Mori Tatsuya, the Great Togo, and Research


This is one of the more peculiar ways I’ve gotten “published.” Mori Tatsuya, the documentary filmmaker and journalist (A, A2, 311, Fake, etc.), contacted me in December asking for help with a new edition of his book, Akuyaku resura wa warau (The Heel Wrestler Laughs). Published as an Iwanami Shinsho in 2005, it was about a Japanese-American pro wrestler known as the Great Togo, who came to specialize in playing the heel in the ring after World War II, but who also traveled to Japan and was close to Rikidozan, whom he helped manage when Rikidozan toured the West Coast. Just as Rikidozan pretended to be Japanese even though he was Korean, so there were statements that the Great Togo was not Japanese, or that his mother was Chinese, etc. Mori-san published the book in 2005 without having the means or the opportunity to investigate all those stories. 

So that’s why he contacted me this time. Knowing that the Great Togo’s real name was Okamura Kazuo (aka George Okamura), he did some net searching and thought he found phone numbers of relatives. He wondered if I could call those people. Knowing that such free net searches rarely come up with real numbers, I decided to do some searching on my own. (I did call the numbers in the end, and of course they were all disconnected.) Using public databases and databases through Yale, I did a lot of searching on Okamura and quickly found out a lot. (I’ve been doing a lot of genealogy research so many of these databases are familiar to me.) I did ascertain that not only were both his parents Japanese, but also that the US government treated him as Japanese and sent him to the Amache internment camp in Colorado. Perhaps because of his business or his status as a minority, or possibly to survive  he did fib a bit, lying about his age on some documents, lying about his wife on a reentry document (he was first married to seemingly a Caucasian woman before divorcing after three years, after which he married a nikkei woman from his home town), and saying he graduated from the University of Oregon with a major in philosophy (I couldn’t confirm that, but couldn’t disprove it either). But it was pretty clear what his ancestry was. What also came out was how difficult his life was before WWII. His father ran a small fruit orchard in Hood River, Oregon (a town I’ve been to many times), but the local paper reports both successes and failures—and a childhood accident for George. The paper also reported that he was the first Japanese kid in his elementary school, and that the name George came from George Washington (perhaps chosen in an effort to have him fit in?). His itinerant life as a wrestler—which he started from the late 1930s—is evident from his draft card, with many new addresses written all over the edges. Interestingly, he happened to be touring in Hawaii when the war started, seemingly with his infant son but not his wife (or so says the passenger manifest of the ship).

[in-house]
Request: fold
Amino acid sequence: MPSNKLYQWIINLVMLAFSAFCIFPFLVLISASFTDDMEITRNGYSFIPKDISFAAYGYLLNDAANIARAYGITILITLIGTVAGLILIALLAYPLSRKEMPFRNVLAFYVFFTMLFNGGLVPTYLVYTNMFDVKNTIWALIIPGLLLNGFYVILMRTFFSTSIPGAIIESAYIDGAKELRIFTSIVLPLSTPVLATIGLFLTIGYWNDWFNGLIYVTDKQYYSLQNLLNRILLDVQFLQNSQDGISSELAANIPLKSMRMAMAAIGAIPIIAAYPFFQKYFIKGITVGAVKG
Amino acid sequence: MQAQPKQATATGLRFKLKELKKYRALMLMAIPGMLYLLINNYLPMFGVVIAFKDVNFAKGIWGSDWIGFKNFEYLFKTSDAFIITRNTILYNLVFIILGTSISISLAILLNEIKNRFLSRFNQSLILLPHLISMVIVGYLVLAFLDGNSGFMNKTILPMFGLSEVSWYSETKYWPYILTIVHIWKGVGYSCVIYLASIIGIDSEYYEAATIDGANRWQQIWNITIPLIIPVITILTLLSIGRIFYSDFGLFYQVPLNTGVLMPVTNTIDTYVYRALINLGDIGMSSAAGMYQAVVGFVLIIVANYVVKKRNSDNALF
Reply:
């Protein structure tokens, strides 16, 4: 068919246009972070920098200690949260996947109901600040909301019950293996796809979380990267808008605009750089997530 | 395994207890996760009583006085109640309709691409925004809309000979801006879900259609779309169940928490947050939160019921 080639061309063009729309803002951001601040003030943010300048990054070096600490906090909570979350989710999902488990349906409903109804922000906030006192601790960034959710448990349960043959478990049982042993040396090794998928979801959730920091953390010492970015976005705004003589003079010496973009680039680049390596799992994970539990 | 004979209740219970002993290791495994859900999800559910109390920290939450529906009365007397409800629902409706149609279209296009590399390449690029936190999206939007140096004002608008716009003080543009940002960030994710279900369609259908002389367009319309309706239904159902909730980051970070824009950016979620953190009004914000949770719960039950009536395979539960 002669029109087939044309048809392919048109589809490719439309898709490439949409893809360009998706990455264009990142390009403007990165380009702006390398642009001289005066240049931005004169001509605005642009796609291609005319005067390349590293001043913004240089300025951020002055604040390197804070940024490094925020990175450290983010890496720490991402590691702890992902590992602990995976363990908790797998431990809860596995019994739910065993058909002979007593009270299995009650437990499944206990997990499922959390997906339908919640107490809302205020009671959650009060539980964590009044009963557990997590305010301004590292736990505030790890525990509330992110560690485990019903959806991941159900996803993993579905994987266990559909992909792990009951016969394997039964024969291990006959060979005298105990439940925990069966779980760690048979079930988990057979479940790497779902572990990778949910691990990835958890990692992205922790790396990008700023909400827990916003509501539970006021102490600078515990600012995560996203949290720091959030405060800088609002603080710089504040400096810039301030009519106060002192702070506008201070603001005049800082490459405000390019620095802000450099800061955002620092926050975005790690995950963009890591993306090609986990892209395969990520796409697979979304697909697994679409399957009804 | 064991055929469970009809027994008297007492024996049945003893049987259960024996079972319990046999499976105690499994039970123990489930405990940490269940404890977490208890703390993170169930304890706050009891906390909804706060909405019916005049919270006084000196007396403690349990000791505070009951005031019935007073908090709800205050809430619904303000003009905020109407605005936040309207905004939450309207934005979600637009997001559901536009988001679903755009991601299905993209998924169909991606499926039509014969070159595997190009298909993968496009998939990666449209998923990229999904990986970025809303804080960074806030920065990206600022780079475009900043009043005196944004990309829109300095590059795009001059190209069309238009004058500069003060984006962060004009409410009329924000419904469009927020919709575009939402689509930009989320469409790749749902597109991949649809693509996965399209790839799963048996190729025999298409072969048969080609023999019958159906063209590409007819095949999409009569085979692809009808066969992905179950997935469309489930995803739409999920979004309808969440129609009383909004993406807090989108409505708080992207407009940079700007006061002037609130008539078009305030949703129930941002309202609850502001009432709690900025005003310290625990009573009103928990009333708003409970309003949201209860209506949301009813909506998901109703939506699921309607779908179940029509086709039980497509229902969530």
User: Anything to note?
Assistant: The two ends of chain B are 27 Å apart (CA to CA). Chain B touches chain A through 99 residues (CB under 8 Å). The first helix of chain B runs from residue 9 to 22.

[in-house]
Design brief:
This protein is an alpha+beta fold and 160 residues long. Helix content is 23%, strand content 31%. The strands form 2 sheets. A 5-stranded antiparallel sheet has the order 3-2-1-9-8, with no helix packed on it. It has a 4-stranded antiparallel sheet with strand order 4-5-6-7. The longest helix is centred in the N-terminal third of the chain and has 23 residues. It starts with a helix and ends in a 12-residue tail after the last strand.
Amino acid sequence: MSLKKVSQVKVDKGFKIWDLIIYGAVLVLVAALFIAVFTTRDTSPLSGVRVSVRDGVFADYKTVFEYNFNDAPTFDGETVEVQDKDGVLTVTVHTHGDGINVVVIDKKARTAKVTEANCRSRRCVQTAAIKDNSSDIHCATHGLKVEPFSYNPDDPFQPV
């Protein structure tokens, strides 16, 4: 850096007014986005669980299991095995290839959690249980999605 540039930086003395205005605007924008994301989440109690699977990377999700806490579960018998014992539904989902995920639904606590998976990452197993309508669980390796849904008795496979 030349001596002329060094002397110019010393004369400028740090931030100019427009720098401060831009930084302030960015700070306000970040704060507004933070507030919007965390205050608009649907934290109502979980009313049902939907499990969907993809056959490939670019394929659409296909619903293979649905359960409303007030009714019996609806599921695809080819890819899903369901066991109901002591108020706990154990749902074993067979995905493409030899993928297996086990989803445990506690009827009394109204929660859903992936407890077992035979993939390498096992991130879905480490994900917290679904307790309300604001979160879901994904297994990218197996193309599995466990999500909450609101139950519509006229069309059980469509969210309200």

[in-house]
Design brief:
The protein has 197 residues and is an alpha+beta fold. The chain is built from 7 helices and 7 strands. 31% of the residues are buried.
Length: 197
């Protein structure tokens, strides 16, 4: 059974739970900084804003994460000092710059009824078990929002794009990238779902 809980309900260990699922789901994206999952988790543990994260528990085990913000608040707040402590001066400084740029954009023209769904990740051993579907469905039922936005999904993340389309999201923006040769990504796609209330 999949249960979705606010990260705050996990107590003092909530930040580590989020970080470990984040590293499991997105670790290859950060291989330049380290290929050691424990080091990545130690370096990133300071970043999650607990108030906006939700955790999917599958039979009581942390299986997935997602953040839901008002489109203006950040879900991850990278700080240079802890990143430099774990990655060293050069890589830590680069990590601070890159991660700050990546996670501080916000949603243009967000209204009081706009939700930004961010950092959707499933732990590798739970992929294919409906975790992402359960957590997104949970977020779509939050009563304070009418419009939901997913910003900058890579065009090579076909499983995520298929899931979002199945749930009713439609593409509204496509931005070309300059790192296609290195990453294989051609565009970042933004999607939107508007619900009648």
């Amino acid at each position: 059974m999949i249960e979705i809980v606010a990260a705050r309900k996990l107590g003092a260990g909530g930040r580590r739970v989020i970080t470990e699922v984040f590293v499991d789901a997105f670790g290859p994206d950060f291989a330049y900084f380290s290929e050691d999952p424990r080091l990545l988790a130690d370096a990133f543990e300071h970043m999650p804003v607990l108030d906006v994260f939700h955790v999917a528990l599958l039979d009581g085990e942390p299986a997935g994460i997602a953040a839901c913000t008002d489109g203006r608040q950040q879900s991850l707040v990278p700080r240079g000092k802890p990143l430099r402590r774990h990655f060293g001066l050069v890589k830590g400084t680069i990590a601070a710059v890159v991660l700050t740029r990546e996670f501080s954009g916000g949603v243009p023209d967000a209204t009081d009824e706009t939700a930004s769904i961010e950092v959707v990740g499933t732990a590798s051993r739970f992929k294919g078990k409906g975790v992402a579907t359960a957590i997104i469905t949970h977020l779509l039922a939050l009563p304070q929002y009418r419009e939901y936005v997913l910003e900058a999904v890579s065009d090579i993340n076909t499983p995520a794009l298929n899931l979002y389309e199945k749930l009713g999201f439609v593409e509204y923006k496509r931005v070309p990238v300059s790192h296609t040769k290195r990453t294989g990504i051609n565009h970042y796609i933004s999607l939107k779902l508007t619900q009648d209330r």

Mori-san ended up taking my series of e-mails detailing my findings and edited them into an epilogue for the new edition. Essentially, I thus authored the epilogue. Iwanami, by the way, did pay me for my research, even though I did not imagine asking to be paid. Doing research is just fun. And this was pretty interesting research. 

Here is a video of a match between the Great Togo and Zack Malkov presumably from a 1950s TV broadcast. Not only is the Great Togo, a native English speaker, made to appear with a translator and various gross stereotypes of Japaneseness (geta in the ring, etc.), but the TV commentator consistently constructs him as alien, ignorant, a rule-breaker—a heel.

The new edition of Akuyaku resura wa warau (悪役レスラーは笑う) is available at Iwanami in a bunkobon edition.  

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